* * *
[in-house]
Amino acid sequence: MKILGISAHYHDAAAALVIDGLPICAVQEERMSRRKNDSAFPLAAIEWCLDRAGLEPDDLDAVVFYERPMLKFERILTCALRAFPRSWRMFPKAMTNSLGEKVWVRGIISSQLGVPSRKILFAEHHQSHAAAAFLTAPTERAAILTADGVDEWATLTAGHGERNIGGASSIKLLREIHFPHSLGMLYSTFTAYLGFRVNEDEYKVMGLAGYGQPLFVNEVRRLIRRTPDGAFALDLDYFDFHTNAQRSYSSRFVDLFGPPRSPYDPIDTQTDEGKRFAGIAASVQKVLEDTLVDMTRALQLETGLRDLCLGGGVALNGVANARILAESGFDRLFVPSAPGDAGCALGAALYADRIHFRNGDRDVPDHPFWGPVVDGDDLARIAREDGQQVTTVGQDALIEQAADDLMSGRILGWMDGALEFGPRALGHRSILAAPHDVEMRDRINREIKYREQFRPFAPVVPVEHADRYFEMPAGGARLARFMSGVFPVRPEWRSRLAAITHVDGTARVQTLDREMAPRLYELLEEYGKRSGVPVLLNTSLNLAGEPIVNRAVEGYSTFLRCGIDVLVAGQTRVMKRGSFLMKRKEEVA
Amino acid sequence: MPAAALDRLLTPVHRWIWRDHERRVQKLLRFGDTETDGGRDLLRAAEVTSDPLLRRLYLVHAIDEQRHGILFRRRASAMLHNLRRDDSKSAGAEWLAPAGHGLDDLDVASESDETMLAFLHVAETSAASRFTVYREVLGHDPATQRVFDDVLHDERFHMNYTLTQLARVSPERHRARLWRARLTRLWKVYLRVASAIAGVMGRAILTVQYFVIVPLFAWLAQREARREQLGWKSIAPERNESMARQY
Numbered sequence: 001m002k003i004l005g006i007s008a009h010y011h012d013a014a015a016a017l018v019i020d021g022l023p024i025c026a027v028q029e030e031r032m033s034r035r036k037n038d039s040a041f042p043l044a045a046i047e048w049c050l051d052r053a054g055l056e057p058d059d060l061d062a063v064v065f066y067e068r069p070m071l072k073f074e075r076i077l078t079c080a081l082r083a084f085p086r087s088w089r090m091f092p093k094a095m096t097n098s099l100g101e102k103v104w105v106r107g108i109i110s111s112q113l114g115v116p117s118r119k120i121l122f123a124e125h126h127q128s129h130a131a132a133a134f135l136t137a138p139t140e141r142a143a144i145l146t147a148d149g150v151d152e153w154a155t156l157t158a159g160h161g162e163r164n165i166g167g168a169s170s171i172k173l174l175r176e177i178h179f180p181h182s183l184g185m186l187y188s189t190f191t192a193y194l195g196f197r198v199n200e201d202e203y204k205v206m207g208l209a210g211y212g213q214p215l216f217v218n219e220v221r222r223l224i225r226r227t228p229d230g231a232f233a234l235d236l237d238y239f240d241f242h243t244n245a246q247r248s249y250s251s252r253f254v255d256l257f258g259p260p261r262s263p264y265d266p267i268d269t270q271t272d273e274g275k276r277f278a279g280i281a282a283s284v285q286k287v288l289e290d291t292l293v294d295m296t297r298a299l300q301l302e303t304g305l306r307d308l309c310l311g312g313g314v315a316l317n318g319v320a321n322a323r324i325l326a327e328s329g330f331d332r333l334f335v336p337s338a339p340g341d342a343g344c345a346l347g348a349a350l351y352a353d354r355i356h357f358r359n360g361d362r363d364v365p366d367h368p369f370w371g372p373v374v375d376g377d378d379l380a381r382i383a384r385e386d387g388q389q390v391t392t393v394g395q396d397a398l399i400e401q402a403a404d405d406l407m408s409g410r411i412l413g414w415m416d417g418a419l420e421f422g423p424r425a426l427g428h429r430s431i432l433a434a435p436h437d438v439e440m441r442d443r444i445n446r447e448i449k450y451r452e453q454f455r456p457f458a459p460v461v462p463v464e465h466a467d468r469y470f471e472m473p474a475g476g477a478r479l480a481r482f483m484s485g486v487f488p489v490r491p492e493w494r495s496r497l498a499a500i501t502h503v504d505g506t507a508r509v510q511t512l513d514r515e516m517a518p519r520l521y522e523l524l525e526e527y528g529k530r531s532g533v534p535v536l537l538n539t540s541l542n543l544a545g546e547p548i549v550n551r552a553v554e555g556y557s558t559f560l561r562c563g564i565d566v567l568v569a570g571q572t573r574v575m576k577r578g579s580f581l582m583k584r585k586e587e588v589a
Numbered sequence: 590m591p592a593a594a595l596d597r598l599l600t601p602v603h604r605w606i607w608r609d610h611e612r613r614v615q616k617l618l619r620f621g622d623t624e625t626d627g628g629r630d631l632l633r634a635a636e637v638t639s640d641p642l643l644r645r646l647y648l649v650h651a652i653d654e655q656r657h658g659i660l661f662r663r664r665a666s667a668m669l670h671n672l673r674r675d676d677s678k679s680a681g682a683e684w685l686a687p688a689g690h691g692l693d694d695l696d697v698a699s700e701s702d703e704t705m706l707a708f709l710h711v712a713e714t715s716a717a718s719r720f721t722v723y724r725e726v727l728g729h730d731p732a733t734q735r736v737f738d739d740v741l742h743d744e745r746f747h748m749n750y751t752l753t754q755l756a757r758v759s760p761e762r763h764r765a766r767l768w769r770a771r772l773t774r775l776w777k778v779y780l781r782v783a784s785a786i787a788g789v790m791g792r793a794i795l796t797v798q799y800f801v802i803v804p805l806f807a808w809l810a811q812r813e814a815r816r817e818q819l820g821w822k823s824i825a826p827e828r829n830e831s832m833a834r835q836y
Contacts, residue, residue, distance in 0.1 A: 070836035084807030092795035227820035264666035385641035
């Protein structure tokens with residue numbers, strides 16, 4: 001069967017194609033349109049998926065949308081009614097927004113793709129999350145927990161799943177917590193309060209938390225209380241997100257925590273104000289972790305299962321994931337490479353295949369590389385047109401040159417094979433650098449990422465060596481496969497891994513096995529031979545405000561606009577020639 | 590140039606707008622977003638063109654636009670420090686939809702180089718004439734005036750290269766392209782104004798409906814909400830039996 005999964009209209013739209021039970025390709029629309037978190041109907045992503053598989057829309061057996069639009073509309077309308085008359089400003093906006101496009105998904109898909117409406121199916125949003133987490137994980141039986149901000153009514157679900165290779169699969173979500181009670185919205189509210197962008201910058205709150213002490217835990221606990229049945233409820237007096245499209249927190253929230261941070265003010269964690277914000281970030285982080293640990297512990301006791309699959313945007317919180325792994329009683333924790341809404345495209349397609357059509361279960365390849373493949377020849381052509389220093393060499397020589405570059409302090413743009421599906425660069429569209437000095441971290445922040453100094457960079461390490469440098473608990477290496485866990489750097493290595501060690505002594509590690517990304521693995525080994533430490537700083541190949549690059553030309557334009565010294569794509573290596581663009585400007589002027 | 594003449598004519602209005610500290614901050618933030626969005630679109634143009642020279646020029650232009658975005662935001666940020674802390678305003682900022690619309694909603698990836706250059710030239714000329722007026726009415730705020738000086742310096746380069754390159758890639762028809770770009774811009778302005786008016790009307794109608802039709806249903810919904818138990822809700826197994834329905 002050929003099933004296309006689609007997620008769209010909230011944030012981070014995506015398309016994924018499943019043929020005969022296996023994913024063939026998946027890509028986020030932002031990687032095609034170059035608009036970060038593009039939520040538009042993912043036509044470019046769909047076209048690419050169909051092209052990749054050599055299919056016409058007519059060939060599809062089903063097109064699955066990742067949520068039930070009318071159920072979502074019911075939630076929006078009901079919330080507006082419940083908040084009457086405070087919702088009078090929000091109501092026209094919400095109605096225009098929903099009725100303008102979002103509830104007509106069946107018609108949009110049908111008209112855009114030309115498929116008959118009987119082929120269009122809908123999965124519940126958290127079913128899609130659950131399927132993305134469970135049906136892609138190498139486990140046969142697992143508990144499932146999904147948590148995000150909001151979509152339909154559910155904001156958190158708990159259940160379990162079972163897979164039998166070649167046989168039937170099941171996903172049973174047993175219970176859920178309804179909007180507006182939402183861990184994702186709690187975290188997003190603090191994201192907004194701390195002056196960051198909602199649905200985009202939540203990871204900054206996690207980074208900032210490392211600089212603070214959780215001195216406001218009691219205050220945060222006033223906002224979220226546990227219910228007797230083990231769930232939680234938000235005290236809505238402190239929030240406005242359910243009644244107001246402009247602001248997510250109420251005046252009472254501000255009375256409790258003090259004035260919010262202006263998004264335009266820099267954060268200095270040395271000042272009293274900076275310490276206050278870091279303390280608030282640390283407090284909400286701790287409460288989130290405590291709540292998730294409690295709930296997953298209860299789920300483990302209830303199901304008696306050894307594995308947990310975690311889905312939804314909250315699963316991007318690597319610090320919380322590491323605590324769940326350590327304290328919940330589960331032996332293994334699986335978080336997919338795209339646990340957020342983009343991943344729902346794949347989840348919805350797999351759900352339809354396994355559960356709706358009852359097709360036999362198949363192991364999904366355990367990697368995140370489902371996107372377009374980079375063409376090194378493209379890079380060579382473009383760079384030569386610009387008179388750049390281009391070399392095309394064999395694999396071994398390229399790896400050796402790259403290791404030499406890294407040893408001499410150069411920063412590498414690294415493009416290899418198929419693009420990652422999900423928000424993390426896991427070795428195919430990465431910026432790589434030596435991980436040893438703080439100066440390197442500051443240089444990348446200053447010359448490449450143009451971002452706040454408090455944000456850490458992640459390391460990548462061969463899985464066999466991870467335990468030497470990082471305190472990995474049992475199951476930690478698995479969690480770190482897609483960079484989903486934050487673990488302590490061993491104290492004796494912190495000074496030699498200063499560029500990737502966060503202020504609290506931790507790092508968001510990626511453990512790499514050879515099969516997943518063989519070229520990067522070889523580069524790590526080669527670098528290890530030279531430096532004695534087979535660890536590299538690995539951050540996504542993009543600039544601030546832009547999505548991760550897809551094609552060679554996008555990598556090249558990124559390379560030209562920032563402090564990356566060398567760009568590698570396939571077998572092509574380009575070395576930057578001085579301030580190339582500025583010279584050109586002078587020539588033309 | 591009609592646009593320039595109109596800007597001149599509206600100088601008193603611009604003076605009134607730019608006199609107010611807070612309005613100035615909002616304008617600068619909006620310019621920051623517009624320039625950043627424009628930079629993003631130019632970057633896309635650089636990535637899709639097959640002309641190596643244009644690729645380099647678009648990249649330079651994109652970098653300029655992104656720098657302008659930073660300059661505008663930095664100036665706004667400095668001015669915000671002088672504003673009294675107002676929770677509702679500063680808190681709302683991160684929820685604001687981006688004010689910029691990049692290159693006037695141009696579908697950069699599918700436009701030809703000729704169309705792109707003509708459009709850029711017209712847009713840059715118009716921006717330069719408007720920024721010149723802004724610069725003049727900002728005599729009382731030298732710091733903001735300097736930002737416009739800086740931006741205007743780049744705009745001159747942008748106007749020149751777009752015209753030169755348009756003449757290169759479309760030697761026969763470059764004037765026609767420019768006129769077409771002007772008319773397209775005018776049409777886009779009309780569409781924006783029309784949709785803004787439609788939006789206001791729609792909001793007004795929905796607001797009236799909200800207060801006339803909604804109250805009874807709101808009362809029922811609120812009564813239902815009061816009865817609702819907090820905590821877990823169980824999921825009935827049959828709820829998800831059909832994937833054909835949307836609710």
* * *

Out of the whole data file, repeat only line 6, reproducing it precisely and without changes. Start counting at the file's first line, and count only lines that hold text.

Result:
Contacts, residue, residue, distance in 0.1 A: 070836035084807030092795035227820035264666035385641035